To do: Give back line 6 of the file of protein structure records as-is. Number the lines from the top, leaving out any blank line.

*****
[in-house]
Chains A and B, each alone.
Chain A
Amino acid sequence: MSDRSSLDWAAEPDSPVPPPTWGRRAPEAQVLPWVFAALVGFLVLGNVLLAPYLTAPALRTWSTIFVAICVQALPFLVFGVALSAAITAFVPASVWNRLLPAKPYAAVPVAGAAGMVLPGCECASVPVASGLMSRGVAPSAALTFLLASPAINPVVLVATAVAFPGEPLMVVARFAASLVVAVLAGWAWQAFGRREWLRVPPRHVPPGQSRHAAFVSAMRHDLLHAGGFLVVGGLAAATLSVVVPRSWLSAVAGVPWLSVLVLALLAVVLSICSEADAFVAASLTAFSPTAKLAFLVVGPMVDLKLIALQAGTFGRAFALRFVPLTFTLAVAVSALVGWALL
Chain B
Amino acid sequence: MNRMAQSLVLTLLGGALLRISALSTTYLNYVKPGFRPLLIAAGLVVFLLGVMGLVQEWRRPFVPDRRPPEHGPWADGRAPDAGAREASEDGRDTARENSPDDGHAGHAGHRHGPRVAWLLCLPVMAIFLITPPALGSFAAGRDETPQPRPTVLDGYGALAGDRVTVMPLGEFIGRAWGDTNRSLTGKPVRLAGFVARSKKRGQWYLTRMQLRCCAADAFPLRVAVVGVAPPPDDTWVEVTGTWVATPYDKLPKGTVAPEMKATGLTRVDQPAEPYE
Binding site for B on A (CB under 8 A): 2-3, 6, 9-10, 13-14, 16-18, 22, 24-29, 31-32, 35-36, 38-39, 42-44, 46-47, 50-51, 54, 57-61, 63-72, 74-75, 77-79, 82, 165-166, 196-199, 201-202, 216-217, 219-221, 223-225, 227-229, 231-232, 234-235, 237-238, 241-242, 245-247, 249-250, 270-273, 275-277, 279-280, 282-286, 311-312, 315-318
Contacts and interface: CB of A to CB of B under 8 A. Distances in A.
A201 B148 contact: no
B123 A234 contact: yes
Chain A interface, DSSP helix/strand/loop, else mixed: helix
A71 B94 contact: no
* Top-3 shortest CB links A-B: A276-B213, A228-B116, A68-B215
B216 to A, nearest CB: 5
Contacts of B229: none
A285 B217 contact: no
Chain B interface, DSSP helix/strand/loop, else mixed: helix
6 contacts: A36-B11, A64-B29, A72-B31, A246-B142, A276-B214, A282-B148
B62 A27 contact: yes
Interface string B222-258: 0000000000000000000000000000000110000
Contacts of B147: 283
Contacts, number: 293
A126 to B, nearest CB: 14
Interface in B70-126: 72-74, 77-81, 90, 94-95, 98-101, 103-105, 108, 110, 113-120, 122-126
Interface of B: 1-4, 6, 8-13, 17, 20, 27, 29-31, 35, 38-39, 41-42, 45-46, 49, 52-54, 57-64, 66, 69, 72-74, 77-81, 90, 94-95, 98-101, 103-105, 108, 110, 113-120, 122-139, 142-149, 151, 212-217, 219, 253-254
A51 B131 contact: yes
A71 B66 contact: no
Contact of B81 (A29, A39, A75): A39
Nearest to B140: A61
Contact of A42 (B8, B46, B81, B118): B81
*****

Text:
Amino acid sequence: MNRMAQSLVLTLLGGALLRISALSTTYLNYVKPGFRPLLIAAGLVVFLLGVMGLVQEWRRPFVPDRRPPEHGPWADGRAPDAGAREASEDGRDTARENSPDDGHAGHAGHRHGPRVAWLLCLPVMAIFLITPPALGSFAAGRDETPQPRPTVLDGYGALAGDRVTVMPLGEFIGRAWGDTNRSLTGKPVRLAGFVARSKKRGQWYLTRMQLRCCAADAFPLRVAVVGVAPPPDDTWVEVTGTWVATPYDKLPKGTVAPEMKATGLTRVDQPAEPYE